Like what you've read?

On Line Opinion is the only Australian site where you get all sides of the story. We don't
charge, but we need your support. Here’s how you can help.

  • Advertise

    We have a monthly audience of 70,000 and advertising packages from $200 a month.

  • Volunteer

    We always need commissioning editors and sub-editors.

  • Contribute

    Got something to say? Submit an essay.


 The National Forum   Donate   Your Account   On Line Opinion   Forum   Blogs   Polling   About   
On Line Opinion logo ON LINE OPINION - Australia's e-journal of social and political debate

Subscribe!
Subscribe





On Line Opinion is a not-for-profit publication and relies on the generosity of its sponsors, editors and contributors. If you would like to help, contact us.
___________

Syndicate
RSS/XML


RSS 2.0

It's time to draw the line on discrimination exemptions in marriage legislation

By Rodney Croome - posted Monday, 27 November 2017


If any more discrimination exemptions make their way into marriage equality legislation, that legislation should be voted down and we should start again.

The Dean Smith bill already has more exemptions than most LGBTI Australians can tolerate.

Anything more would make a joke of our collective effort to achieve full equality and would not be worth the right to marry.

Advertisement

Let's start with how unpopular the Smith bill is and why.

A recent survey of 3,300 LGBTI Australians across all demographics showed around 70% opposition to those sections that allow discrimination by civil celebrants who nominate themselves as "religious" and by commercial services that are tied to religious organisations.

A majority said they would rather wait than accept marriage on these terms.

The concerns many LGBTI people have about the Smith bill relate to both principle and strategy.

The exemptions set bad precedents for allowing discrimination in the name of religion and they give new life to old prejudices about same-sex marriage being a threat to faith and freedom.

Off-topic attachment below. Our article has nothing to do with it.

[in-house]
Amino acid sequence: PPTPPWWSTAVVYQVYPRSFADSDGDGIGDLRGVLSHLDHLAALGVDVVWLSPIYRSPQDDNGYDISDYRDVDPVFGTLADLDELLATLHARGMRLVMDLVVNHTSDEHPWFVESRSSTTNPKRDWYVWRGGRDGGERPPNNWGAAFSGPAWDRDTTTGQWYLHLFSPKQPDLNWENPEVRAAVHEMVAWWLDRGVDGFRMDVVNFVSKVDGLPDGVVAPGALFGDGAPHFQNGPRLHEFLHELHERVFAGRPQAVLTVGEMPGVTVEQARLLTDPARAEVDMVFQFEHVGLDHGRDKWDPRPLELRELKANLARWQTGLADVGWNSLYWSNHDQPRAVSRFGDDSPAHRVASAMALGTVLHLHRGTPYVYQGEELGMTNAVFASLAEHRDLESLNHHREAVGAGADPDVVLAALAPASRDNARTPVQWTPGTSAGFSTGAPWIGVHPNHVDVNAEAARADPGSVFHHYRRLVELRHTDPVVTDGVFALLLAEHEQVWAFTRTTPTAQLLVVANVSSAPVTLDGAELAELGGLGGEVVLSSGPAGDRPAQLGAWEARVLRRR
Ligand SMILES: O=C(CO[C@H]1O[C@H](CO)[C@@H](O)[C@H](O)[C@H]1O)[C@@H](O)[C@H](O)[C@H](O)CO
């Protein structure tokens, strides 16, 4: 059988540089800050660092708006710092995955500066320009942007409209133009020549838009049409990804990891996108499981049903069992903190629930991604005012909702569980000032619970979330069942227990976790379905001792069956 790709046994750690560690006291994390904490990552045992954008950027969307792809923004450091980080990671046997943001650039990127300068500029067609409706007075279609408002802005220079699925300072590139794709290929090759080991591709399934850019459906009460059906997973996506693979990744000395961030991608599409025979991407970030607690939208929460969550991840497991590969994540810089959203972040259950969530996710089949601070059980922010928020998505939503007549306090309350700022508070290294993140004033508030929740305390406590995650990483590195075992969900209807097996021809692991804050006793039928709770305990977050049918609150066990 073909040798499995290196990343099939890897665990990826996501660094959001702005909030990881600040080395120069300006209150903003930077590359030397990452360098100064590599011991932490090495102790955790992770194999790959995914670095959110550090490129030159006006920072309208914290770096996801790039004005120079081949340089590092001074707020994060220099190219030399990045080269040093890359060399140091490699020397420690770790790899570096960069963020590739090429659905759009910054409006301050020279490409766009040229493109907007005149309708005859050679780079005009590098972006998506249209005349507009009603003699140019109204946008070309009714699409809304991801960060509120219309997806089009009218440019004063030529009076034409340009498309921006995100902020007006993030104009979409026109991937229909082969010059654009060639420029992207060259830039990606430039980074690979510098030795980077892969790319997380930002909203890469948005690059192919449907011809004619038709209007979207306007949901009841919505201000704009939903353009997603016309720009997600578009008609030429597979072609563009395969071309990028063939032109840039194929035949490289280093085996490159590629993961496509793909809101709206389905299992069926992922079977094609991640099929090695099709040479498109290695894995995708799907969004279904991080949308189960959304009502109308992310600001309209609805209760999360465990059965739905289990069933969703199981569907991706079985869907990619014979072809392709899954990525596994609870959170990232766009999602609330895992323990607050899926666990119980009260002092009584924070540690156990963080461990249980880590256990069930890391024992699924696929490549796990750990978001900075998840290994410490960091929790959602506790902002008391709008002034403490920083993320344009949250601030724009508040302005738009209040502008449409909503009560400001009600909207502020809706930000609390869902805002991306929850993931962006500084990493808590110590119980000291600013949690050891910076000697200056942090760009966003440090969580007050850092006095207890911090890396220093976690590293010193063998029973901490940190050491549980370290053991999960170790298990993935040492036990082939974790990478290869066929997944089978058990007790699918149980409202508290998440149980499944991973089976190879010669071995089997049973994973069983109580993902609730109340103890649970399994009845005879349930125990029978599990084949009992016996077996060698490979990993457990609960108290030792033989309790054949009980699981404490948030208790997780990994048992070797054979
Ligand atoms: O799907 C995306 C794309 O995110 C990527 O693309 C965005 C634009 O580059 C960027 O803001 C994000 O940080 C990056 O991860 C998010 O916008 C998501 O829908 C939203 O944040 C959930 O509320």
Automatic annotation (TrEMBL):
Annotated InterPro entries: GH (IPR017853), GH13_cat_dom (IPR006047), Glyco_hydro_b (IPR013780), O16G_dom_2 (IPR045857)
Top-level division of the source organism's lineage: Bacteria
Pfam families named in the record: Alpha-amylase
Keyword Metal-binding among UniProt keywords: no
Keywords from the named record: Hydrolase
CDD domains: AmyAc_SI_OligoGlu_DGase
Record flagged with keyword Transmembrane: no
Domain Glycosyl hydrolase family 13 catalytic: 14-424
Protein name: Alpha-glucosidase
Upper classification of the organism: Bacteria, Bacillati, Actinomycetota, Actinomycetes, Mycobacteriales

According to the above study, over 70% of LGBTI people believe the Smith exemptions will be used disproportionately against LGBTI people even though they don't exclusively target us.

Advertisement

Black letter lawyers defend the Smith bill saying nothing really changes because its exemptions echo existing exemption in the Marriage Act and other acts.

But they fail to understand that when you duplicate bad laws you give them a new lease of life to cause renewed harm.

Strategically, the bill's exemptions give too much away too early (who starts negotiations with their final position?), they may encourage the demand for further compromises, and it has never been clear how many votes are contingent on them.

  1. Pages:
  2. Page 1
  3. 2
  4. All


Discuss in our Forums

See what other readers are saying about this article!

Click here to read & post comments.

40 posts so far.

Share this:
reddit this reddit thisbookmark with del.icio.us Del.icio.usdigg thisseed newsvineSeed NewsvineStumbleUpon StumbleUponsubmit to propellerkwoff it

About the Author

Rodney Croome is the National Convenor of Australian Marriage Equality and was made a Member of the Order of Australia in 2003 for his gay rights advocacy. He is co-author of Why vs Why: Gay Marriage.

Other articles by this Author

All articles by Rodney Croome

Creative Commons LicenseThis work is licensed under a Creative Commons License.

Article Tools
Comment 40 comments
Print Printable version
Subscribe Subscribe
Email Email a friend
Advertisement

About Us Search Discuss Feedback Legals Privacy